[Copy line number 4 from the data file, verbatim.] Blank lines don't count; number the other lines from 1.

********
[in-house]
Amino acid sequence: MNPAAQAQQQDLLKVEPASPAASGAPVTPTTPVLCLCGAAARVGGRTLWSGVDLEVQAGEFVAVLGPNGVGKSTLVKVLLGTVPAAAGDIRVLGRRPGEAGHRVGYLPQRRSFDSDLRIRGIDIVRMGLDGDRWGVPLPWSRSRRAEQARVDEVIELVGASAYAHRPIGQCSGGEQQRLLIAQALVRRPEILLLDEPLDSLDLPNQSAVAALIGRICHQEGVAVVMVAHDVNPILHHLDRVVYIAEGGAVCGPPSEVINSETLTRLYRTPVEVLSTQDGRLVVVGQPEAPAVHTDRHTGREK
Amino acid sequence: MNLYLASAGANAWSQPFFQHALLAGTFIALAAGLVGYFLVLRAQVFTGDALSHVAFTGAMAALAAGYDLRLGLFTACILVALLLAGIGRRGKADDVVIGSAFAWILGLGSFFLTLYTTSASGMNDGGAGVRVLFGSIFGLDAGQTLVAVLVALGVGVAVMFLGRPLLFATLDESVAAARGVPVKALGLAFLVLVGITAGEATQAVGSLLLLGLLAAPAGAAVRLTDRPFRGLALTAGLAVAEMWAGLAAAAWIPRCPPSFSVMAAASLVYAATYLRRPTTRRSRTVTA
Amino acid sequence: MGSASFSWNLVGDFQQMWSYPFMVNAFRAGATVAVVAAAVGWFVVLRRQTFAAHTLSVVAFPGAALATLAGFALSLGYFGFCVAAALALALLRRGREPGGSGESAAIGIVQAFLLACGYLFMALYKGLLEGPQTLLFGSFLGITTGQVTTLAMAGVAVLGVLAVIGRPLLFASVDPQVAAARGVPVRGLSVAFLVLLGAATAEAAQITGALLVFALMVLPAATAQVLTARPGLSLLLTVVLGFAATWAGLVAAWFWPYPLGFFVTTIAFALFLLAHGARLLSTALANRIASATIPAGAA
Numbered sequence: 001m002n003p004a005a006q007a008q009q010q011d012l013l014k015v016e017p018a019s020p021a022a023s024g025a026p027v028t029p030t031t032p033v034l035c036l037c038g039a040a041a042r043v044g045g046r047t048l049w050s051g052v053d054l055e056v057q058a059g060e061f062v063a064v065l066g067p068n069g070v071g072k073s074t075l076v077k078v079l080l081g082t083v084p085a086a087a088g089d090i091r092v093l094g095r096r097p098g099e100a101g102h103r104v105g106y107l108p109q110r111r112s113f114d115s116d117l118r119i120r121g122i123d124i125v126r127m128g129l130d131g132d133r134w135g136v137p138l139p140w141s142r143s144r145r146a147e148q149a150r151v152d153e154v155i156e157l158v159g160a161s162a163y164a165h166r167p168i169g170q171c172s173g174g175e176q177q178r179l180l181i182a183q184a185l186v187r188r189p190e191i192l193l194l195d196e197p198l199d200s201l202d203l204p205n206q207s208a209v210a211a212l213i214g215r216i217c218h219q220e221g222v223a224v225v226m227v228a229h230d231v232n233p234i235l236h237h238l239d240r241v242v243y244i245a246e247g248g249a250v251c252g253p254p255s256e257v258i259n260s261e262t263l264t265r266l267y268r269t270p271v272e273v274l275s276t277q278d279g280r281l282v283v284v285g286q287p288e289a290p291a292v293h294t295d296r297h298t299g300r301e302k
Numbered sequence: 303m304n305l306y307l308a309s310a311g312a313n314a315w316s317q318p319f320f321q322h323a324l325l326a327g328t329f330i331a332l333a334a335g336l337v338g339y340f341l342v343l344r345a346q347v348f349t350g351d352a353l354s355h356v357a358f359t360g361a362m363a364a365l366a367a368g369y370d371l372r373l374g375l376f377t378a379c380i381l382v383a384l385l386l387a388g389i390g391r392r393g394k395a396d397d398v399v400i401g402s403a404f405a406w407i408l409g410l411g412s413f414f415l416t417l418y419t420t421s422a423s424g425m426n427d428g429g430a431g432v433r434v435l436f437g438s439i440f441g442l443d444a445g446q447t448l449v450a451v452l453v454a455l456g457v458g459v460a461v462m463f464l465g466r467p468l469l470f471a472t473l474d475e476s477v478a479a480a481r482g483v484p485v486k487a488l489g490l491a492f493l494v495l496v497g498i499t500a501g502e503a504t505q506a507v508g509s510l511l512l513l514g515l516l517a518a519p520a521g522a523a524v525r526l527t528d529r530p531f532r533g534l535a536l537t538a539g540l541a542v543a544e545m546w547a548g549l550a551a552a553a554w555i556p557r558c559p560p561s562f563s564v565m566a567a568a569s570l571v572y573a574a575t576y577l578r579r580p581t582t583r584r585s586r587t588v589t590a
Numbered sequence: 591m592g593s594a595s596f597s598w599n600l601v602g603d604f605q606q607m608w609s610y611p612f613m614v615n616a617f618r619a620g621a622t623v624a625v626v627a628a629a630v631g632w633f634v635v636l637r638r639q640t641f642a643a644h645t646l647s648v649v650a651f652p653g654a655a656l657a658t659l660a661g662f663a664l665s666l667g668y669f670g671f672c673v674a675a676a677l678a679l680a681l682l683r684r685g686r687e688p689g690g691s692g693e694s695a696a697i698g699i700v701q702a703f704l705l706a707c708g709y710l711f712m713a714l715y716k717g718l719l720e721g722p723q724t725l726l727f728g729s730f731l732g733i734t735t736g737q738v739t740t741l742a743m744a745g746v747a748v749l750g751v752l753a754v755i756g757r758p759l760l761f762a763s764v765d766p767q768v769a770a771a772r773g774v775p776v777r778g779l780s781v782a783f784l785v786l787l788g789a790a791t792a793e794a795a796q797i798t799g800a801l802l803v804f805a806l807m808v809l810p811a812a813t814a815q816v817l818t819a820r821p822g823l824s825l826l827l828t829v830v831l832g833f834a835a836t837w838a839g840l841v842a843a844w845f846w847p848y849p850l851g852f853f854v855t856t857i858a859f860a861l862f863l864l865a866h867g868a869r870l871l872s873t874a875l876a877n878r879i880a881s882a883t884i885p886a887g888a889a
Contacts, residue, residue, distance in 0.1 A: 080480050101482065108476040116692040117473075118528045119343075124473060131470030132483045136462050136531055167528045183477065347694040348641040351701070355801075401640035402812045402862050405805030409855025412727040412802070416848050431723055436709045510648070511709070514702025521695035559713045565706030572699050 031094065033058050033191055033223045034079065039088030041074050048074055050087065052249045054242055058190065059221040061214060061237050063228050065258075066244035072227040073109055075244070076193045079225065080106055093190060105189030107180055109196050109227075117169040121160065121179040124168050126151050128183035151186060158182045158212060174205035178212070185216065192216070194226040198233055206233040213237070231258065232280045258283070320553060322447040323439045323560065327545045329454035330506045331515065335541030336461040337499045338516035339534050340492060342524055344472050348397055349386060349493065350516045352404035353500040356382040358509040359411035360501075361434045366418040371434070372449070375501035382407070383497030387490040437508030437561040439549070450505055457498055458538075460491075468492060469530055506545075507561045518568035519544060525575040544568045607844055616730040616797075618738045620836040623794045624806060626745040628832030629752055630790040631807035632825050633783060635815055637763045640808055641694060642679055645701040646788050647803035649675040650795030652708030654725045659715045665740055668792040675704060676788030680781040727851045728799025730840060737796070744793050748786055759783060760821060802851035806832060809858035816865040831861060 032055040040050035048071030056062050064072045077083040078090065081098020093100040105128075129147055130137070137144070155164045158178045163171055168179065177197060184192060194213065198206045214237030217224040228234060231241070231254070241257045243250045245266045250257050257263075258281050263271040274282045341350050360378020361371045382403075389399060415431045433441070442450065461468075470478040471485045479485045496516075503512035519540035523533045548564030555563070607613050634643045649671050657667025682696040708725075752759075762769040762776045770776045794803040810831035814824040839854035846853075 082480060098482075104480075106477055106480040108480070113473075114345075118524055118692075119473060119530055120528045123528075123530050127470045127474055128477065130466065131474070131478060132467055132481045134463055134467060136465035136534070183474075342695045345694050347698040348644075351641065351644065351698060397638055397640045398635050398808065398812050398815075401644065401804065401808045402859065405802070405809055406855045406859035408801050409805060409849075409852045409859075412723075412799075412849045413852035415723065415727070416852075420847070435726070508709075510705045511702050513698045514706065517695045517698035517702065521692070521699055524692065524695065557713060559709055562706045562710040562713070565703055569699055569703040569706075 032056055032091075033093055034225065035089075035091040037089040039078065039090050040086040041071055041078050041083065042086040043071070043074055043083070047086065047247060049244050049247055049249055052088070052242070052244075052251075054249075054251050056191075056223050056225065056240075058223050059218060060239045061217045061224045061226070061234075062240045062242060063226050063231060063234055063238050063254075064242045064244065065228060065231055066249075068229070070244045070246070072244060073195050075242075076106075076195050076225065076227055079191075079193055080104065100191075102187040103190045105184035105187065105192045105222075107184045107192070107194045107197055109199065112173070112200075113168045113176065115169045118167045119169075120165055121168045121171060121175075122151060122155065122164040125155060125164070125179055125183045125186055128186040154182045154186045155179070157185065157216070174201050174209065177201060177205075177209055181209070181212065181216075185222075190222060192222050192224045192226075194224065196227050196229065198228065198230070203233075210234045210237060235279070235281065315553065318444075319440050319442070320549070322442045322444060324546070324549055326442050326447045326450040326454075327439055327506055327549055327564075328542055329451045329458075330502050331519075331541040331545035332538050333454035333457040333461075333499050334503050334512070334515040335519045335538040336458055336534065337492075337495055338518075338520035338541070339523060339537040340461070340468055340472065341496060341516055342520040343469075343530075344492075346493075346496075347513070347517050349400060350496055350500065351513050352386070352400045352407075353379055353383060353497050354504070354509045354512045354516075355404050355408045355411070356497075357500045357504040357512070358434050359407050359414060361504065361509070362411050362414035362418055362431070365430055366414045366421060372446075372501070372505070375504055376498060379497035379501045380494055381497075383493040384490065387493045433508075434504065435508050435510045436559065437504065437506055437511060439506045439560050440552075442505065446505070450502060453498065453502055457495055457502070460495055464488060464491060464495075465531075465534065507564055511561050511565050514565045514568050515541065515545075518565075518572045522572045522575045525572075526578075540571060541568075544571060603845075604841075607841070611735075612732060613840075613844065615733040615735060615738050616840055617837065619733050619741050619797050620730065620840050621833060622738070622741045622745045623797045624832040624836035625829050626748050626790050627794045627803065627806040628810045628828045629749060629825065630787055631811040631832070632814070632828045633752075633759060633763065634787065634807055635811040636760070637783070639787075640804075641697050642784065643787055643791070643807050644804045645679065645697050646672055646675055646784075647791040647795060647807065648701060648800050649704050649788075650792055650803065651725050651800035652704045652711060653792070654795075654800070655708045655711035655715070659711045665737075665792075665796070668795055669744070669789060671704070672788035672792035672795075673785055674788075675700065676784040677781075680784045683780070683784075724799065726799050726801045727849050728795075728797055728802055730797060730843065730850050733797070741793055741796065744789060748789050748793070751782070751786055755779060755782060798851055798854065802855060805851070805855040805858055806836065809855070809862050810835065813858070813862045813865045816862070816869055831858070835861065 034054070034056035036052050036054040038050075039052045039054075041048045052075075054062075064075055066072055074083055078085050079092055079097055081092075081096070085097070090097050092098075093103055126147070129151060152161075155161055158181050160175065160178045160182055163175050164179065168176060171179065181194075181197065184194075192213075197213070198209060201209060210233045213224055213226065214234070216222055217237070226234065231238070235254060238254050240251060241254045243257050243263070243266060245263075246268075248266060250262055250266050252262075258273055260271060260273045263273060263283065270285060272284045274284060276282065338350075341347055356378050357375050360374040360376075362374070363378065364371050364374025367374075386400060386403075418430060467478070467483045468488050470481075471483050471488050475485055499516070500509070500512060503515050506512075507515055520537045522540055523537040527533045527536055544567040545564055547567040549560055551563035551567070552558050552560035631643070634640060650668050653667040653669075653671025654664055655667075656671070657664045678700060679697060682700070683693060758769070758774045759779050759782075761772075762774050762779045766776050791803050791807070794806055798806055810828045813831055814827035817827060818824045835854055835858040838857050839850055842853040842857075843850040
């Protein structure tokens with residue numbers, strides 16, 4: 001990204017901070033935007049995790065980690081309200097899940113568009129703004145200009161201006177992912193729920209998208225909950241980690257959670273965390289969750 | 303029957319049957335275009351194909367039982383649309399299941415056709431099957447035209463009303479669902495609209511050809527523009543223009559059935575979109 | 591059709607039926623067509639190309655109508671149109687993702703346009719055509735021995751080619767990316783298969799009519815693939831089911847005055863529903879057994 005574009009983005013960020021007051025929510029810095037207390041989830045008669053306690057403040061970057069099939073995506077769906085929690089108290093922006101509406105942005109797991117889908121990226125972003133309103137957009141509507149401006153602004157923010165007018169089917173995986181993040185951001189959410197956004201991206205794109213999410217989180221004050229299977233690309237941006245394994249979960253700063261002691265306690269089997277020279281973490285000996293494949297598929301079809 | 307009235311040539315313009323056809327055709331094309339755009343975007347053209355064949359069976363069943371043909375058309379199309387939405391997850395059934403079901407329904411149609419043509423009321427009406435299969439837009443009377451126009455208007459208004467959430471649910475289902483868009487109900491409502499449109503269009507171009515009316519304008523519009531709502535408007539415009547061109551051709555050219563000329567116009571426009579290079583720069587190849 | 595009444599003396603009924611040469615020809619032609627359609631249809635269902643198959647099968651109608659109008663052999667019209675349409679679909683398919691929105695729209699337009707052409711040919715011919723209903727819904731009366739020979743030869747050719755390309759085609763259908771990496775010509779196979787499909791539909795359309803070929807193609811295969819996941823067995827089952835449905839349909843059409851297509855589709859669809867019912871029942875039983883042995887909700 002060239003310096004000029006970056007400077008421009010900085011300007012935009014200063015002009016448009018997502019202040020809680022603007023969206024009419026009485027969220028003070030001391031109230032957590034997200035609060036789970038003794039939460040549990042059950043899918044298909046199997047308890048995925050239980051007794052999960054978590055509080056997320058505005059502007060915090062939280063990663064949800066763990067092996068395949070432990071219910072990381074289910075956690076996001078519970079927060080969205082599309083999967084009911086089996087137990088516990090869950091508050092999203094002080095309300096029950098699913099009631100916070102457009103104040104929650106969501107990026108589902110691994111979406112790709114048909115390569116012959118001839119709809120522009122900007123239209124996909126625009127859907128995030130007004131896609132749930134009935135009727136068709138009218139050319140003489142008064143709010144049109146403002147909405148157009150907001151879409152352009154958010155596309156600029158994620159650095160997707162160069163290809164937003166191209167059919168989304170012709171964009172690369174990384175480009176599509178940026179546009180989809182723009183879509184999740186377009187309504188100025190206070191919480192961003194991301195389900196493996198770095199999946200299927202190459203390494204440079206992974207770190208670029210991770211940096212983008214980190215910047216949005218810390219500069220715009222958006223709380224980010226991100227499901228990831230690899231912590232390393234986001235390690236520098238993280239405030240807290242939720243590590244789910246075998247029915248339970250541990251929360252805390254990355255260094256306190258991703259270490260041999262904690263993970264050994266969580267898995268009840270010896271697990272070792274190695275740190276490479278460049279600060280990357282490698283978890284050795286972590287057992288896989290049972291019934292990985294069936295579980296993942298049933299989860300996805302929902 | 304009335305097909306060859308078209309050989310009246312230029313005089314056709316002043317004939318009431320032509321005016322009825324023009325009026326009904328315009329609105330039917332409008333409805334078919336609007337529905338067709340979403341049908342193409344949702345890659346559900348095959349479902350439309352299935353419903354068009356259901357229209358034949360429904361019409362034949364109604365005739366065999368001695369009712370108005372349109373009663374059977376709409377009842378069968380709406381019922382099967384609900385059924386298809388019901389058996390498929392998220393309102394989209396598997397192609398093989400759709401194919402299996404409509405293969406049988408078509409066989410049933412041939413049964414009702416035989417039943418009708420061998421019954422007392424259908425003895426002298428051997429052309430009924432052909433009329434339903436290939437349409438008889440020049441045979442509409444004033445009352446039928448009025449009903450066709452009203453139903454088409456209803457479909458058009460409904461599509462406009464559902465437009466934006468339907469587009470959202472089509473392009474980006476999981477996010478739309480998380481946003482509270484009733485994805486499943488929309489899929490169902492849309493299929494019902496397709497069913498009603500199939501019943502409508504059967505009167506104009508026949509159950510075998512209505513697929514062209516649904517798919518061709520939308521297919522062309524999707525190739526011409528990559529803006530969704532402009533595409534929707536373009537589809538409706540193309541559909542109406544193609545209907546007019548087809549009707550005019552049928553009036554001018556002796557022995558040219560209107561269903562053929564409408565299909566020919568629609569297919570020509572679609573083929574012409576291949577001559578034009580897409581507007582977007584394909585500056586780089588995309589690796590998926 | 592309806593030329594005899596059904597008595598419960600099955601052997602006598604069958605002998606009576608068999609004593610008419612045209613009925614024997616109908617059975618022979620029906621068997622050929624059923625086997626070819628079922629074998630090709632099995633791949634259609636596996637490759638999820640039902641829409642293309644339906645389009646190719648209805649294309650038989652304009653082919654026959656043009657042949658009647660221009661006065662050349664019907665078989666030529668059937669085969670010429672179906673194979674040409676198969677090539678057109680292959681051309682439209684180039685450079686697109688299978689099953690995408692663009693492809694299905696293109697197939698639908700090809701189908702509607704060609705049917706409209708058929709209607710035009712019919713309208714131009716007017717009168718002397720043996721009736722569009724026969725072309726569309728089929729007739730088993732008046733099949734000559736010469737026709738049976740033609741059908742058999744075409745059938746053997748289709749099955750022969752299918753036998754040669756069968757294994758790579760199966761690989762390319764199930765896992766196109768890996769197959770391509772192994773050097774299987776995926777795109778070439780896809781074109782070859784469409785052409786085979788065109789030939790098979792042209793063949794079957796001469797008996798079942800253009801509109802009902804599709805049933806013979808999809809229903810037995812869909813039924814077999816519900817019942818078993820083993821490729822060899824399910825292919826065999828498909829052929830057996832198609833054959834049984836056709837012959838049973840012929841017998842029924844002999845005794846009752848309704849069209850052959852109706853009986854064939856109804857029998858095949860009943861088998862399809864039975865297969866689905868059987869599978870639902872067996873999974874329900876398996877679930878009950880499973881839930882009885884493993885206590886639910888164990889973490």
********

Amino acid sequence: MGSASFSWNLVGDFQQMWSYPFMVNAFRAGATVAVVAAAVGWFVVLRRQTFAAHTLSVVAFPGAALATLAGFALSLGYFGFCVAAALALALLRRGREPGGSGESAAIGIVQAFLLACGYLFMALYKGLLEGPQTLLFGSFLGITTGQVTTLAMAGVAVLGVLAVIGRPLLFASVDPQVAAARGVPVRGLSVAFLVLLGAATAEAAQITGALLVFALMVLPAATAQVLTARPGLSLLLTVVLGFAATWAGLVAAWFWPYPLGFFVTTIAFALFLLAHGARLLSTALANRIASATIPAGAA